Orwell and Empire by Douglas Kerr

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George Orwell was born in India and served in the Imperial Police in Burma as a young man. Orwell and Empire is a study of his writing about the East and the East in his writing. It argues that empire was central to his cultural identity and that his experience of colonial life was a crucial factor, in ways that have not been recognized, in shaping the writer he became.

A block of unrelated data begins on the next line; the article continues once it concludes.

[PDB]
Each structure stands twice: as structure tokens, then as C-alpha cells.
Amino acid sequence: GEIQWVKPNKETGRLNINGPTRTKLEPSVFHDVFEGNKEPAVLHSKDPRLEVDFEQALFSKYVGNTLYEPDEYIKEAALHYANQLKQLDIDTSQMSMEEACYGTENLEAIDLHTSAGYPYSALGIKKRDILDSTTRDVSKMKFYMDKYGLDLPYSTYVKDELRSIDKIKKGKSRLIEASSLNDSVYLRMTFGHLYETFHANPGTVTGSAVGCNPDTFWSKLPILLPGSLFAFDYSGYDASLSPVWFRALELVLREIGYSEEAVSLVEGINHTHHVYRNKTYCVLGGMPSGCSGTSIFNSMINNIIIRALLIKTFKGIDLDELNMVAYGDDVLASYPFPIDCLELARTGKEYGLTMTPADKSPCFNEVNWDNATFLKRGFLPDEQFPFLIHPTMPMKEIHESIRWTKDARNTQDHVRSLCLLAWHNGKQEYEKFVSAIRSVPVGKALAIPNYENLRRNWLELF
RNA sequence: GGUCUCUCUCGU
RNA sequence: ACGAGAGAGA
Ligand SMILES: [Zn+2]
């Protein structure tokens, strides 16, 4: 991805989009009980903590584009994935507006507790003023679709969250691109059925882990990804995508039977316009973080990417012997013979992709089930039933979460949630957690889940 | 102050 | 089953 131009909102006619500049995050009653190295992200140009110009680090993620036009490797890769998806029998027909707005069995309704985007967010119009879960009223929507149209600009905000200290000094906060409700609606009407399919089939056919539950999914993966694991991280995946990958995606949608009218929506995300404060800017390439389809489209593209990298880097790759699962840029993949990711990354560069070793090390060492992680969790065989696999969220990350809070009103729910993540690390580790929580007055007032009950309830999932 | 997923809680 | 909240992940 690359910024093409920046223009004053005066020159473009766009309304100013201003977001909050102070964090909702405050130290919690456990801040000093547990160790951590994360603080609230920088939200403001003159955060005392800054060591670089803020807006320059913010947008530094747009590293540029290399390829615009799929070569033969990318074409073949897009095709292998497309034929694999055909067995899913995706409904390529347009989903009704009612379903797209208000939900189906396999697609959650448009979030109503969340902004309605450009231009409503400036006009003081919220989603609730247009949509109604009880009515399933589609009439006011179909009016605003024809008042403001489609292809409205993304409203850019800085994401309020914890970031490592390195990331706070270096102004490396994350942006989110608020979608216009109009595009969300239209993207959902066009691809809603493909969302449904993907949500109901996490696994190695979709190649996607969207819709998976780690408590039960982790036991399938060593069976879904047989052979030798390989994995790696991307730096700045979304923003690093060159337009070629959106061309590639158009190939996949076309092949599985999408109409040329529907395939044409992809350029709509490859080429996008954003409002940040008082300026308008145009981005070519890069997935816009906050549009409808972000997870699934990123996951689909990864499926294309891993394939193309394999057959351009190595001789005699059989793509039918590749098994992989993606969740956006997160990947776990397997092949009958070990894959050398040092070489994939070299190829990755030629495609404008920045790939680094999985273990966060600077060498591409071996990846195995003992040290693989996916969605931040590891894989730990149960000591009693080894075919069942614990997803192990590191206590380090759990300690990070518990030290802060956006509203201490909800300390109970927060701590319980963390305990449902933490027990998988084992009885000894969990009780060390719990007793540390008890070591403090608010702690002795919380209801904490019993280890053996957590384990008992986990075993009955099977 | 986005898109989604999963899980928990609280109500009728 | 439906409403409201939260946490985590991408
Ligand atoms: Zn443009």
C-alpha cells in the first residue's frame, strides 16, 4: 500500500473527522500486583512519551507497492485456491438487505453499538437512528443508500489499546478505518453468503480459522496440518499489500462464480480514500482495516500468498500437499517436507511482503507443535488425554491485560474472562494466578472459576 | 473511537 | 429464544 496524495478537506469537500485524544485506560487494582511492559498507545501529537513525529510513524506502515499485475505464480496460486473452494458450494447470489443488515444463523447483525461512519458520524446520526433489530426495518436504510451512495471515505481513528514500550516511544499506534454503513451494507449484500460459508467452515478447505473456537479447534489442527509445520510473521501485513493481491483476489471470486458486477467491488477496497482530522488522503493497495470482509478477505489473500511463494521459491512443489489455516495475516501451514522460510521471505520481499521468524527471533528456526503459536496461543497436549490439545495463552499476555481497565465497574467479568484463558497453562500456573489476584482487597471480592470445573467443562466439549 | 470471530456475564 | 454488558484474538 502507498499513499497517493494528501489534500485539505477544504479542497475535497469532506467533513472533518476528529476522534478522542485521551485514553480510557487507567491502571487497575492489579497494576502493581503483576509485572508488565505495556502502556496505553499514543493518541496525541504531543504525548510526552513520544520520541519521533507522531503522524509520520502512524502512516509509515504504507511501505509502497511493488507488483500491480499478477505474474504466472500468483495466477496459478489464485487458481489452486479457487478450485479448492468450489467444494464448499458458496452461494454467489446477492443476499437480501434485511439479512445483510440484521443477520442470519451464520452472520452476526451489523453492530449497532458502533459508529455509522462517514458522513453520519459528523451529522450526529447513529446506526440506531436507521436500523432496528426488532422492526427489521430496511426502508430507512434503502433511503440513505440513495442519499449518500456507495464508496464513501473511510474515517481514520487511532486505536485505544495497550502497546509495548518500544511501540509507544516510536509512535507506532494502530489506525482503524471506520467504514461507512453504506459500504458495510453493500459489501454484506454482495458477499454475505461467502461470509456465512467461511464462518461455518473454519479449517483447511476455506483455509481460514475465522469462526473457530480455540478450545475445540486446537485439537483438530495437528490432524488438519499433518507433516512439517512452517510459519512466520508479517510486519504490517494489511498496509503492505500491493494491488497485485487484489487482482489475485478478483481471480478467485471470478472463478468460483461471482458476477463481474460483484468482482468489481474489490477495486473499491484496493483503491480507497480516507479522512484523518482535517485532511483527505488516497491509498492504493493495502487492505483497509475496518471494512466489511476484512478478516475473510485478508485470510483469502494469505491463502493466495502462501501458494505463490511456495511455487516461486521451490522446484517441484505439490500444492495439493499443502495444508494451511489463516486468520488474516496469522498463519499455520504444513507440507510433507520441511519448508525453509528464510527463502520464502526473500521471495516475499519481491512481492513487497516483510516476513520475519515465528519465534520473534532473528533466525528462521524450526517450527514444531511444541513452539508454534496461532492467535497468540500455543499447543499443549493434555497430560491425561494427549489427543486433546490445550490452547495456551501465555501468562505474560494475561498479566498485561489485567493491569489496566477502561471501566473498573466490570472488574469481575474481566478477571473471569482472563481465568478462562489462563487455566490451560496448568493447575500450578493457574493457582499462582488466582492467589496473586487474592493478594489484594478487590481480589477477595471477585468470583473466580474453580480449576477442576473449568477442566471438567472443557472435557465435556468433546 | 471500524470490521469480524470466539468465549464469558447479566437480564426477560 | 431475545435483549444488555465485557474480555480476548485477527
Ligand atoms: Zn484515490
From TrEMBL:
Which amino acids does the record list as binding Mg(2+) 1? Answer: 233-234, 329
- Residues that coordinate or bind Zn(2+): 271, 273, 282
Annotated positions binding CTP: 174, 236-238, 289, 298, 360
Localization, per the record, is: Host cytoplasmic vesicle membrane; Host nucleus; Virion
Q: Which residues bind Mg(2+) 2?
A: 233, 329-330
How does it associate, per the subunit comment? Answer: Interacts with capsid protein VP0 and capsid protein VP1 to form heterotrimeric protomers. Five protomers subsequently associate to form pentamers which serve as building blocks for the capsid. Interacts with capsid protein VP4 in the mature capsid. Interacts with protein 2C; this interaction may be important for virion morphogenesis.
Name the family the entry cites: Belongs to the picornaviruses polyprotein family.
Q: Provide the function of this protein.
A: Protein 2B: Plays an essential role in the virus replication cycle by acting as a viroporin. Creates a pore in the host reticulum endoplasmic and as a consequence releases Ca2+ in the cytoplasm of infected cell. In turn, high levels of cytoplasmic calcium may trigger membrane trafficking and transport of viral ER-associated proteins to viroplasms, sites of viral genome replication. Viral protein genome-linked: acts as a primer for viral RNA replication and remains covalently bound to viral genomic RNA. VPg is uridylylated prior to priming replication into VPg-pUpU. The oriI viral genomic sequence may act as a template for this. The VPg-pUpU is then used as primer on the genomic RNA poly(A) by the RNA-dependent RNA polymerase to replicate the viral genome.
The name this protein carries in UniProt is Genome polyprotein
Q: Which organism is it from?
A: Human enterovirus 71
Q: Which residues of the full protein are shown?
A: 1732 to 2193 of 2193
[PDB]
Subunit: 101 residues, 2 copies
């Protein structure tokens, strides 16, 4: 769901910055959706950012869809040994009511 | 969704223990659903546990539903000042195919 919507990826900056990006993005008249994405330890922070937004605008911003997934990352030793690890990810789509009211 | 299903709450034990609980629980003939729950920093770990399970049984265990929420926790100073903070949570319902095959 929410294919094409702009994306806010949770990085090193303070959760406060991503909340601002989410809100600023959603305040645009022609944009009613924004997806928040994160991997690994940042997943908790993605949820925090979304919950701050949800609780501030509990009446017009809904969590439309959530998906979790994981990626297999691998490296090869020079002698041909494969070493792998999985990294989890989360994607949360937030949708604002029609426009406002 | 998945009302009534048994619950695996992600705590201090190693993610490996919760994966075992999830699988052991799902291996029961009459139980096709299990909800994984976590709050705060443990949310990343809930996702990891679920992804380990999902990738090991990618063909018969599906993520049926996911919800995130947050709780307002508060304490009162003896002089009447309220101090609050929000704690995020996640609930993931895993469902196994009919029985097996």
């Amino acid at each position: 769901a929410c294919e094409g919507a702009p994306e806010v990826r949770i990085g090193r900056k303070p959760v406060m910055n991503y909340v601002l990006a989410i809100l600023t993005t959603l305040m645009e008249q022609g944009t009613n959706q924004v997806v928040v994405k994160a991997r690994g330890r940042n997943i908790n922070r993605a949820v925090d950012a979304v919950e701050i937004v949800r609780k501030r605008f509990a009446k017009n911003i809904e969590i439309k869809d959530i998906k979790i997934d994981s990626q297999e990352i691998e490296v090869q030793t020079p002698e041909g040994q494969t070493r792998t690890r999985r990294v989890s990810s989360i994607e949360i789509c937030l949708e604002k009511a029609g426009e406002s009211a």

Orwell and Empire pays particular attention to work that derives directly from his Burmese years including the well-known narratives 'A Hanging' and 'Shooting an Elephant' and his first novel Burmese Days. It goes on to explore the theme of empire throughout his work, through to Nineteen Eighty-Four and beyond, and charts the way his evolving views on class, race, gender, and authority were shaped by his experience in the East and the Anglo-Indian attitudes he had inherited. Orwell's socialism and his hatred of authoritarianism grew out of his anti-imperialism as The Road to Wigan Pier makes explicit. But this was not a straightforward repudiation or a painless process. He understood that, 'it is very difficult to escape, culturally, from the class into which you have been born.' His whole career was a creative quarrel with himself and with his Anglo-Indian patrimony. In a way that anticipates current debates about the imperial legacy, he struggled to come to terms with his own history.